How Washing Machines Work

By: Karim Nice


Pump and plumbing

The rest of the plumbing system, the part that recirculates the water and the part that drains it, involves the pump.

In the picture above, you can see how the pump is hooked up. This pump is actually two separate pumps in one: The bottom half of the pump is hooked up to the drain line, while the top half recirculates the wash water. So how does the pump decide whether to pump the water out the drain line or back into the wash tub?


This is where one of the neat tricks of the washing machine comes in: The motor that drives the pump can reverse direction. It spins one way when the washer is running a wash cycle and recirculating the water; and it spins the other way when the washer is doing a spin cycle and draining the water.

Let's take a closer look at the pump:


If you look carefully, you can see the vanes of the bottom layer of the pump. When water enters the pump's inlet, these vanes, or fins, push the water around and force it back out of the pump by way of the outlet. This type of pump can operate in both directions -- which port is the inlet and which is the outlet depends on which direction the pump is spinning in.

Take another look at the pump. If the pump spins clockwise, the bottom pump sucks water from the bottom of the wash tub and forces it out the drain hose, and the top pump tries to suck air from the top of the wash tub and force it back up through the bottom, so that no water recirculation takes place.

If the pump spins counter-clockwise, the top pump sucks water from the bottom of the tub and pumps it back up to the top, and the bottom pump tries to pump water from the drain hose back into the bottom of the tub. There is actually a little bit of water in the drain hose, but the pump doesn't have the power to force much of it back into the tub.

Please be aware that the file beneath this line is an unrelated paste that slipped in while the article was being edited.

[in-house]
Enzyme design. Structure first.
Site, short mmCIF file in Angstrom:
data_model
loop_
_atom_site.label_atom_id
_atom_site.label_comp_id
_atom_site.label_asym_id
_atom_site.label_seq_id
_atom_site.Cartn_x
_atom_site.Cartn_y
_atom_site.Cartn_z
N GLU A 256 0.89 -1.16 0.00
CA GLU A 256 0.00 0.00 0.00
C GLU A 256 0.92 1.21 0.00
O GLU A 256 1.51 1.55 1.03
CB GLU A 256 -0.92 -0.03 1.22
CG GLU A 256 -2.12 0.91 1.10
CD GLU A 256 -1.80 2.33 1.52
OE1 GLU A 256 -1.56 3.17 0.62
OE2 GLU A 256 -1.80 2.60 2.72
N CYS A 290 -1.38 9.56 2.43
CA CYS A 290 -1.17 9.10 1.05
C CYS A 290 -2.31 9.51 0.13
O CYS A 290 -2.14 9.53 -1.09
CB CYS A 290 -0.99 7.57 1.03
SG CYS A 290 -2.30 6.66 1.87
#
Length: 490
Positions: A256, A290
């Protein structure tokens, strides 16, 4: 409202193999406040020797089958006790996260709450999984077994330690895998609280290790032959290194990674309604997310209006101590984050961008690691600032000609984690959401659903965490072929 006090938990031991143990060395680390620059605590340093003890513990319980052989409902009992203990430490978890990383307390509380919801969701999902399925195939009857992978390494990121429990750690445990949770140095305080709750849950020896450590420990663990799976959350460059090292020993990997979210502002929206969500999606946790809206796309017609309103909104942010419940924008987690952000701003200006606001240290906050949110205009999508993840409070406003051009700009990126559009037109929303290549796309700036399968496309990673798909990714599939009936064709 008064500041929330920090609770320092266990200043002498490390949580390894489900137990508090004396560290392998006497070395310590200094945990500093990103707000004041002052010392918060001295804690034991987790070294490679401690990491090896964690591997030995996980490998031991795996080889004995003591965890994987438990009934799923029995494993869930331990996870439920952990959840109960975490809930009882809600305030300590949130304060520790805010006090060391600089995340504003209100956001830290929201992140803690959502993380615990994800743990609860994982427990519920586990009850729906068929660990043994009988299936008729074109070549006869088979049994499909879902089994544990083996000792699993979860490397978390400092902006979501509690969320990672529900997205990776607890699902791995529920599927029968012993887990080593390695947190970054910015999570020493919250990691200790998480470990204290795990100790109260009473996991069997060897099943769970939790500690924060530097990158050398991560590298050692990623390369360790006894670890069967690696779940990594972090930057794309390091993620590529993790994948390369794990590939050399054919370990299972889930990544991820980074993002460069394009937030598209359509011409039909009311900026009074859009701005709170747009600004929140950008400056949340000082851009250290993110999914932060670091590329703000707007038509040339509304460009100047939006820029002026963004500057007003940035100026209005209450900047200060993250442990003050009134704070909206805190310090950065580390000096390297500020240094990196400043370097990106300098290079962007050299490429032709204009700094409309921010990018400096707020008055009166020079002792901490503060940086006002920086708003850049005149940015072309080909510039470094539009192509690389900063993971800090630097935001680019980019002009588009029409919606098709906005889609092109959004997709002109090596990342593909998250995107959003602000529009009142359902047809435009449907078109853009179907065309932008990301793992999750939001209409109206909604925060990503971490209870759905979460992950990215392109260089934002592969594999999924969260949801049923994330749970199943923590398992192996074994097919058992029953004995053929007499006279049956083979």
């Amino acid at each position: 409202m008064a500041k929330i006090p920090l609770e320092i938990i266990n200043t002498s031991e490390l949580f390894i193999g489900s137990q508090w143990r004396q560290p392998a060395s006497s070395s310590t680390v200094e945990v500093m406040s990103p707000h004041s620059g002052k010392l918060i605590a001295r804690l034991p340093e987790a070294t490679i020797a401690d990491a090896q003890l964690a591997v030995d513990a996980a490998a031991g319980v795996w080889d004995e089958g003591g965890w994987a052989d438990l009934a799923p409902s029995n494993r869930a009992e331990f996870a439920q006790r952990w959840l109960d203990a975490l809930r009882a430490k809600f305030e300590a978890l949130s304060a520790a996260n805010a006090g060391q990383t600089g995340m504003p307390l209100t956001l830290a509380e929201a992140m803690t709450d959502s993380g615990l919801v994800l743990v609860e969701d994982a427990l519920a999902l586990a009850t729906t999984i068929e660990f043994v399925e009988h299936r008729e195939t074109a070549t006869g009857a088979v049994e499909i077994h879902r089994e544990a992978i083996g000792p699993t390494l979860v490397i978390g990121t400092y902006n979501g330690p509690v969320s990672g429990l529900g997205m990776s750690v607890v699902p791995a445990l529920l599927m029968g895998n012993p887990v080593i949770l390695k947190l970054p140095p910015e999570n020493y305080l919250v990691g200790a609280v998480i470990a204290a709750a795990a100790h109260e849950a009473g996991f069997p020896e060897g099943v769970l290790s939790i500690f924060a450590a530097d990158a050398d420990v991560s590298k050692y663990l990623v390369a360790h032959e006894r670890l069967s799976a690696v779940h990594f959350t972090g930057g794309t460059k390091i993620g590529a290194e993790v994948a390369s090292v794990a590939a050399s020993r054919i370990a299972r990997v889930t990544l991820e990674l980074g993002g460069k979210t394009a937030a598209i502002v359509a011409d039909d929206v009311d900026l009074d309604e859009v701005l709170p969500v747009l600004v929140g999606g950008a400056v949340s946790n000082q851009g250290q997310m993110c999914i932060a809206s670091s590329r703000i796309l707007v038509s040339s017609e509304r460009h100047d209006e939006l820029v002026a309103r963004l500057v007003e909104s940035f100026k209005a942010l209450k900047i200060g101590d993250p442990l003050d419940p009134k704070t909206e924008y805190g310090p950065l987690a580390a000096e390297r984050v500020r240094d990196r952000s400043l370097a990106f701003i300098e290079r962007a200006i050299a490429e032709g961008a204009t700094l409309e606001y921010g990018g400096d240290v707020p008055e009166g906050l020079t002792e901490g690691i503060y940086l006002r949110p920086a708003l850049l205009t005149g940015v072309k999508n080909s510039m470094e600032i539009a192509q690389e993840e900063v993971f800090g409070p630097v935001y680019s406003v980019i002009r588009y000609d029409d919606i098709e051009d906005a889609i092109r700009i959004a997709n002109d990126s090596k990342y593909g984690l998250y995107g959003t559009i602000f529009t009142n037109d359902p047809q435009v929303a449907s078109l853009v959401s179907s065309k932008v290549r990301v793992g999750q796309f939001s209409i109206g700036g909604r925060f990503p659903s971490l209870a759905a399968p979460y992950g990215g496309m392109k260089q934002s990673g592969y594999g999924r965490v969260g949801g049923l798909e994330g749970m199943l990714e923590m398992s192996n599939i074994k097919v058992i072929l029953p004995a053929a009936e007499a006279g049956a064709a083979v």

Take another look at the drain hose in the picture above -- notice how it loops all the way to the top of the machine before heading back down to the drain. Because one end of the hose is hooked up to the bottom of the tub and the other is open to the atmosphere, the level of water inside the drain hose will be the same as the level inside the tub. If the drain hose didn't go all the way up to the top of the machine, then the tub could never fill all the way. As soon as the water reaches the bend in the hose, it goes out the drain.

There are also times when the pump does not spin at all. The washer just churns the water that is in the tub without recirculating it. For this situation, the pump is hooked up to the motor by way of a clutch.

Clutch and flexible coupling

In this picture, you see the flexible coupling that hooks the clutch up to the pump. The coupling is needed because the motor and clutch are mounted to the frame, which can move freely with the inner tub, whereas the pump is mounted to the stationary outer tub.

On the bottom of the clutch is a set of four teeth. When the electromagnet engages, it raises an arm up into these teeth, which stops them from rotating. Once the teeth are stopped, the clutch starts to engage. After a couple of revolutions, it locks up to the motor shaft and the pump starts to turn with the motor.